# Program to display array elements in the ascending order of number of factors each element has

### Input:

1000 23 100 26 32


### Output:

23  26  32  100 1000


Since 23 has '2' factors and 26 has '4' factors and 32 has '6' factors, and so on.

1. Should I use a linked list for these types of problems?

2. Is my code efficient? Or how can it be optimized?

Code:

#include <stdio.h>
#include <stdlib.h>

int facts(int);

int main(void) {
int n,a,i,j;
printf("Enter the no. of items\n");
scanf("%d",&n);
printf("Enter the items\n");
for(j=0; j<n; j++)
{
scanf("%d",&a[j]);
}
for(j=0; j<n; j++)
{
a[j] = facts(a[i][j]);
}

for(int x=0; x<n; x++)
{
for(int y=0; y<n-1; y++)
{
if(a[y]>a[y+1])
{
int temp = a[y+1];
int temp1 = a[y+1];
a[y+1] = a[y];
a[y+1] = a[y];
a[y] = temp;
a[y] = temp1;
}
}
}

for(j=0; j<n; j++)
{
printf("%d\t", a[j]);
}

return 0;
}

int facts(int h)
{
int factors=0;
for(int k=1; k<=h; k++)
{
if((h%k)==0)
{
factors++;
}
}
return factors;
}

• Your code is broken. The variable i is not initialized before it is used as an index in a for loop. – pacmaninbw Jun 28 '16 at 11:45
• I compiled and ran your original code, and was very surprised that it worked (probably the compiler being too nice). Compiler's give warnings for a reason, I treat my compiler's warnings like errors and force myself to fix them. I recommend you get to know some of your compiler's flags and do the same in the future. – syb0rg Jun 28 '16 at 13:06

int main(void) {
int n,a,i,j;
printf("Enter the no. of items\n");
scanf("%d",&n);
printf("Enter the items\n");
for(j=0; j<n; j++)
{
scanf("%d",&a[j]);
}
for(j=0; j<n; j++)
{
a[j] = facts(a[i][j]);         // here i is not set yet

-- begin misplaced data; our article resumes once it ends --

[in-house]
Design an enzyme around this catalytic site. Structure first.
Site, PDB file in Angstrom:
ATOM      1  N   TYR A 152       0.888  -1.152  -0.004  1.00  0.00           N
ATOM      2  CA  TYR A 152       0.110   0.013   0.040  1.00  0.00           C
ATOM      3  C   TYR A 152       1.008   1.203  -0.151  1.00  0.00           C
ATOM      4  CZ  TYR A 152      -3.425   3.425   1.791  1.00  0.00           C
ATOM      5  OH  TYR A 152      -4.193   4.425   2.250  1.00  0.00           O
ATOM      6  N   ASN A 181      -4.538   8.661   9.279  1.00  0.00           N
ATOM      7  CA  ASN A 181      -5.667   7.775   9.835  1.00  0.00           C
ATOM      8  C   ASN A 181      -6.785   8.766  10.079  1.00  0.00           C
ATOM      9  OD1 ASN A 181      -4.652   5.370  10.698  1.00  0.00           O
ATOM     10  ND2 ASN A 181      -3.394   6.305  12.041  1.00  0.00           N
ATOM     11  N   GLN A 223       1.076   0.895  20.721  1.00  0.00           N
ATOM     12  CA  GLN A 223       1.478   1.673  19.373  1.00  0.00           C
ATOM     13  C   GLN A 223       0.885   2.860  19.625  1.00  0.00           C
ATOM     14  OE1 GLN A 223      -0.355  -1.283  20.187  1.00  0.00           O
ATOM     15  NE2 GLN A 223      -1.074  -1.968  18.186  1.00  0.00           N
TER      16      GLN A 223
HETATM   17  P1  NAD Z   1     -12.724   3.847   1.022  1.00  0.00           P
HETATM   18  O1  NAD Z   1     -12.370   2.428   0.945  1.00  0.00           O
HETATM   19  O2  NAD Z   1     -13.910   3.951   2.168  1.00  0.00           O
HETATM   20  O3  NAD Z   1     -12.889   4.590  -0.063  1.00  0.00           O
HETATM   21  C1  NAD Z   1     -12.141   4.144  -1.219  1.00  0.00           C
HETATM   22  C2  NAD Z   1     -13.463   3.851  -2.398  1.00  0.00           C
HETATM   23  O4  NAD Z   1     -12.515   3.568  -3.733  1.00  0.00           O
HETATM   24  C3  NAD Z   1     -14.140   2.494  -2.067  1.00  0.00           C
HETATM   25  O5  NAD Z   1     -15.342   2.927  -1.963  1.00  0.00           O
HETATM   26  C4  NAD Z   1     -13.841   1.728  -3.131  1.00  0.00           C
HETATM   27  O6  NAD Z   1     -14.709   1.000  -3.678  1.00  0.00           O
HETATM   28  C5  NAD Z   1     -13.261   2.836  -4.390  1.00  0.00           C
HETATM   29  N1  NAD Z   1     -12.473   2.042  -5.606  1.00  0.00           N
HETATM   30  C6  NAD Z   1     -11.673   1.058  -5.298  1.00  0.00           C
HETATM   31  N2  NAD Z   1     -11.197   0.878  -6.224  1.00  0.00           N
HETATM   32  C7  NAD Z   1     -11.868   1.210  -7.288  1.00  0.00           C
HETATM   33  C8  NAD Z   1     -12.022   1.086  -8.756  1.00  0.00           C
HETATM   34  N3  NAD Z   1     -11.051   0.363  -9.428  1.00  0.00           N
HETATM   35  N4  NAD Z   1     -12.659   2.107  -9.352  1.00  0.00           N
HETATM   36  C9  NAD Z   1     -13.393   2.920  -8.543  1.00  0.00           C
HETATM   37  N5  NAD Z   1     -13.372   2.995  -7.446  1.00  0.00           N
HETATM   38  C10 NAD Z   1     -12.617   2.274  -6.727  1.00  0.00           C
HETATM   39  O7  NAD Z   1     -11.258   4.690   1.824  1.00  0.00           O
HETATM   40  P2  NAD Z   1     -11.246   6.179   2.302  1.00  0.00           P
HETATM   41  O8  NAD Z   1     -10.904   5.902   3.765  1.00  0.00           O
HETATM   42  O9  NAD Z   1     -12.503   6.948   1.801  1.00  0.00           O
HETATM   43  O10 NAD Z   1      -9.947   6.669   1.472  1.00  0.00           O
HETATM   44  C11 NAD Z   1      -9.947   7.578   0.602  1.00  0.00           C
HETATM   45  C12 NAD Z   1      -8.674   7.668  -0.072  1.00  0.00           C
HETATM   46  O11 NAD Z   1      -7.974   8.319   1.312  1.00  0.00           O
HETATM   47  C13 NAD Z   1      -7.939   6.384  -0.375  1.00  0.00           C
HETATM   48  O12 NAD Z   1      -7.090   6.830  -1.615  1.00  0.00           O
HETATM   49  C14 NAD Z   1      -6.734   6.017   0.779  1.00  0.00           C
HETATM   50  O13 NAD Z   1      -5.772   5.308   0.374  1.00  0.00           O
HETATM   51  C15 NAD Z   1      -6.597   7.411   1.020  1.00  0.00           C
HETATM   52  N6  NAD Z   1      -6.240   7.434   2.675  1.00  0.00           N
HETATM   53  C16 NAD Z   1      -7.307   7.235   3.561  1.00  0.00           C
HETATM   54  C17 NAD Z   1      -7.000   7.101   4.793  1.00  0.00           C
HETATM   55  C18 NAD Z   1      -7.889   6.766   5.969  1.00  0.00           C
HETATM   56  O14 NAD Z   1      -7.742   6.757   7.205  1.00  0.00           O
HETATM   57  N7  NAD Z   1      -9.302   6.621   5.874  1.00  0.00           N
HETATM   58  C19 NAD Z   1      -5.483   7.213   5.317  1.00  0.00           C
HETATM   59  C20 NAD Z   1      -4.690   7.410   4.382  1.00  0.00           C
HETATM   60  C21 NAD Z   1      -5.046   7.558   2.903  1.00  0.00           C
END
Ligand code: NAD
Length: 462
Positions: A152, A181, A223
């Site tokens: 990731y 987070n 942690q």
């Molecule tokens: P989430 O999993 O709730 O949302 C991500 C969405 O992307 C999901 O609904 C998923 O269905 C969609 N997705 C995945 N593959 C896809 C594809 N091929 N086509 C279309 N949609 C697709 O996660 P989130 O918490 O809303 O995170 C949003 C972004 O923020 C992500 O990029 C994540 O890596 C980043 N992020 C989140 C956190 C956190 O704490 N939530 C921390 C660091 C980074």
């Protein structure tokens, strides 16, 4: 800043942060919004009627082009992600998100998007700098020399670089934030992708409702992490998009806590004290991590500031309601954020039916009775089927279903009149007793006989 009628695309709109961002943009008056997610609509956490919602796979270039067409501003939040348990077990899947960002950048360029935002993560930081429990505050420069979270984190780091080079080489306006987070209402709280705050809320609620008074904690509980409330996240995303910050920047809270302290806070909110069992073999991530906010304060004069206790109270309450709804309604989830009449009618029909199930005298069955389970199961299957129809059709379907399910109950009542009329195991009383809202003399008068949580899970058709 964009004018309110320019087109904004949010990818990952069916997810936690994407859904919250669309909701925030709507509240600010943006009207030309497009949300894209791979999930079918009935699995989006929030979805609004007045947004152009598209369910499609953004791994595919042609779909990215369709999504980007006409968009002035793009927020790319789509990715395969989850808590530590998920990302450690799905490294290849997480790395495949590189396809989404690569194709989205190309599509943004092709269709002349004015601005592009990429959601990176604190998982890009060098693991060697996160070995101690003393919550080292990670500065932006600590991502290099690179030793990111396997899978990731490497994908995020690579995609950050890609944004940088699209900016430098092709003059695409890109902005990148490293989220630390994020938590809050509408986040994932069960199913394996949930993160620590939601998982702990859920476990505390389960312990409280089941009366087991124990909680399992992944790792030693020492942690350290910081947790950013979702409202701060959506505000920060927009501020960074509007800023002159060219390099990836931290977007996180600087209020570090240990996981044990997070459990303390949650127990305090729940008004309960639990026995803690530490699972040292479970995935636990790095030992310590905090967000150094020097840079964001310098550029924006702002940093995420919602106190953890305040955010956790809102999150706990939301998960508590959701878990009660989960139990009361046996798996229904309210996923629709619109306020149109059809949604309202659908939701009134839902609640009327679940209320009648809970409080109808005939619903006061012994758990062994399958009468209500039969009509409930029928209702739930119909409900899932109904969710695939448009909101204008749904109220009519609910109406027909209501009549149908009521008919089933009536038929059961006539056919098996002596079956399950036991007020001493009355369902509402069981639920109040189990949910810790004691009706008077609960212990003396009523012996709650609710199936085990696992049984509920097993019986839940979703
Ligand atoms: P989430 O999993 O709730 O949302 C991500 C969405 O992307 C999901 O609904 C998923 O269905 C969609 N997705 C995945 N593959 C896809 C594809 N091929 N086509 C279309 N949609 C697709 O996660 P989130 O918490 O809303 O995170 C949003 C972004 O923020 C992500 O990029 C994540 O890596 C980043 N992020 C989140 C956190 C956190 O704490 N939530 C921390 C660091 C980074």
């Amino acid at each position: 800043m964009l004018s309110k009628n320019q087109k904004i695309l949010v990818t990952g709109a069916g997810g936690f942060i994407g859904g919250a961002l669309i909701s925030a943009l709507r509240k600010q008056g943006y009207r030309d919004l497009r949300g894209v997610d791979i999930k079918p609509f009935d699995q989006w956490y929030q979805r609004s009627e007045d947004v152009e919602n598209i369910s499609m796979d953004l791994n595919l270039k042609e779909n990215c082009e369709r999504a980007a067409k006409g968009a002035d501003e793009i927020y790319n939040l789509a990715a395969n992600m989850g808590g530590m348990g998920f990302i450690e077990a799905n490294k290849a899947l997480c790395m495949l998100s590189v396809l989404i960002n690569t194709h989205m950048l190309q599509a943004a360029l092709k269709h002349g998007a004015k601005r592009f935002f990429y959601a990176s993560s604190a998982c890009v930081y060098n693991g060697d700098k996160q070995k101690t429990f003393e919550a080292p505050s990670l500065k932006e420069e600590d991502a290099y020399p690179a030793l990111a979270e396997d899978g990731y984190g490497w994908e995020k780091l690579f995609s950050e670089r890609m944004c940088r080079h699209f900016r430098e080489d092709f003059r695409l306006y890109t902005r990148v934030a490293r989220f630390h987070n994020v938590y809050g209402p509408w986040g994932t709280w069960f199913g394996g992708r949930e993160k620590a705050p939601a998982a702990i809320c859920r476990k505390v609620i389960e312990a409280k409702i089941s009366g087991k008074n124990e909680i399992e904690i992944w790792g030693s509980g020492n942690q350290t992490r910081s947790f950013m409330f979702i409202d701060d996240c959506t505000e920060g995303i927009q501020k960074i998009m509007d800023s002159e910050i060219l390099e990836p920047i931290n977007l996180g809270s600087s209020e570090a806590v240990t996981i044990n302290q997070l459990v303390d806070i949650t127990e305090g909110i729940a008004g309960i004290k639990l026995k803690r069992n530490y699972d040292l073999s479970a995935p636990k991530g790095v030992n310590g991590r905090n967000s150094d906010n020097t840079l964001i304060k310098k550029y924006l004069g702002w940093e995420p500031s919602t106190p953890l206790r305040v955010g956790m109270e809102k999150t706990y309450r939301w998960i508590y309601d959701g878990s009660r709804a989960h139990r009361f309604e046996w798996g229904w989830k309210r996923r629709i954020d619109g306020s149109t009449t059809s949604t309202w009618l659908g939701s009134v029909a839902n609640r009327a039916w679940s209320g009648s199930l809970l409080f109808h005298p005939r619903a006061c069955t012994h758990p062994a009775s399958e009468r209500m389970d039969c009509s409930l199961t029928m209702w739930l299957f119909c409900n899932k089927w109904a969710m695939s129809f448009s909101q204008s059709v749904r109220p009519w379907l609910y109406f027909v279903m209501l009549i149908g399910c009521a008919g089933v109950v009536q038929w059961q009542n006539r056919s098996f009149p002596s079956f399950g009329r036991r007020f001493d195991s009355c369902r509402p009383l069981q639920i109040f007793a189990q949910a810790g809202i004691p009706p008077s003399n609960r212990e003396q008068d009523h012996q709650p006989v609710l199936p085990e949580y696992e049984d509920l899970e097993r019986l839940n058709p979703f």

}


Your compiler should've warned you about this. Please make sure all variables have a set value before checking them.

The only reasons this works is because your compiler decided to initialize i at zero here. However, it is not required to do so by the specification. This means it will break on other systems.

Use better variable names!

printf("Enter the no. of items\n");
scanf("%d",&n);


n is the number of items. So, it's not int n, it's int numberOfItems.

printf("Enter the items\n");
for(j=0; j<n; j++)
{
scanf("%d",&a[j]);
}


a contains the items. So, it's not int a, it's int items.

By going through your variables and giving them more detailed names, it'll be easier to understand what your code does - both for yourself and for anyone else who has to read it.

Even after taking into account Cherubim Anand's good answer, you can still make facts faster using a better algorithm based on mathematical properties like:

$$if n = \prod_{i=1}^r p_i^{a_i}, facts(n)=\prod_{i=1}^r (a_i+1).$$

Thus, iterating over number to identify prime factors and their exponents, you can easily determine the number of factors.

int facts3(int n)
{
if (n <= 2)
return n;
int facts = 1;
for (int d = 2; d * d <= n; d++)
{
int pow = 0;
nb_mod_facts3++;
while (n % d == 0)
{
n /= d;
pow++;
}
facts *= (pow + 1);
}
if (n > 1)  // remaining prime factor (with exp 1)
{
int pow = 1;
facts *= (pow + 1);
}
return facts;
}


Some more improvement (visible below) could be used (make d go though 2 and then only odd values) but the major point is to use the formula above.

Benchmark:

I've used the following code to ensure that the different functions lead to similar results (after some minor adjustment) and to evaluate the performances by counting the number of modulo operations.

#include <stdio.h>

int nb_mod_facts1 = 0;
int nb_mod_facts2 = 0;
int nb_mod_facts3 = 0;
int nb_mod_facts4 = 0;

int facts(int h)
{
int factors=0;
for(int k=1; k<=h; k++)
{
nb_mod_facts1++;
if((h%k)==0)
{
factors++;
}
}
return factors;
}

int facts2(int n)
{
if (n <= 2)
return n;
int factors = 2; //as 1 and number itself are already considered as factors
for(int k=2; k<=(n/2); k++)
{
nb_mod_facts2++;
if((n%k)==0)
{
factors++;
}
}
return factors;
}

int facts3(int n)
{
if (n <= 2)
return n;
int facts = 1;
for (int d = 2; d * d <= n; d++)
{
int pow = 0;
nb_mod_facts3++;
while (n % d == 0)
{
n /= d;
pow++;
nb_mod_facts3++;
}
facts *= (pow + 1);